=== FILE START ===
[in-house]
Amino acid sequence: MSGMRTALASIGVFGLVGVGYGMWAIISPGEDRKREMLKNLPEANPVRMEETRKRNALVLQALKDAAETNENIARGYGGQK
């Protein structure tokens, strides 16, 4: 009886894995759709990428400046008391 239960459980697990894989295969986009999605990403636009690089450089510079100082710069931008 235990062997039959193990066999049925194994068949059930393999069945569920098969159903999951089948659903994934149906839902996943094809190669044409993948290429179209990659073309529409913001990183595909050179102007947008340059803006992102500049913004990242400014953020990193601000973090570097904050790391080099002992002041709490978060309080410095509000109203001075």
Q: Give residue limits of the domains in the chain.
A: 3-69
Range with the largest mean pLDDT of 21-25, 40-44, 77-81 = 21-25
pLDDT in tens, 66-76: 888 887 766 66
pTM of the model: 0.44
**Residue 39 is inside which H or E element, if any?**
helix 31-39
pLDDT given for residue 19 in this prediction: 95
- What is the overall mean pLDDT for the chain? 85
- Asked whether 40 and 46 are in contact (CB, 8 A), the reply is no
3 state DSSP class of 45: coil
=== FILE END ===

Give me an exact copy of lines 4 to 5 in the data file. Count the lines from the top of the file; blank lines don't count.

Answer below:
Q: Give residue limits of the domains in the chain.
A: 3-69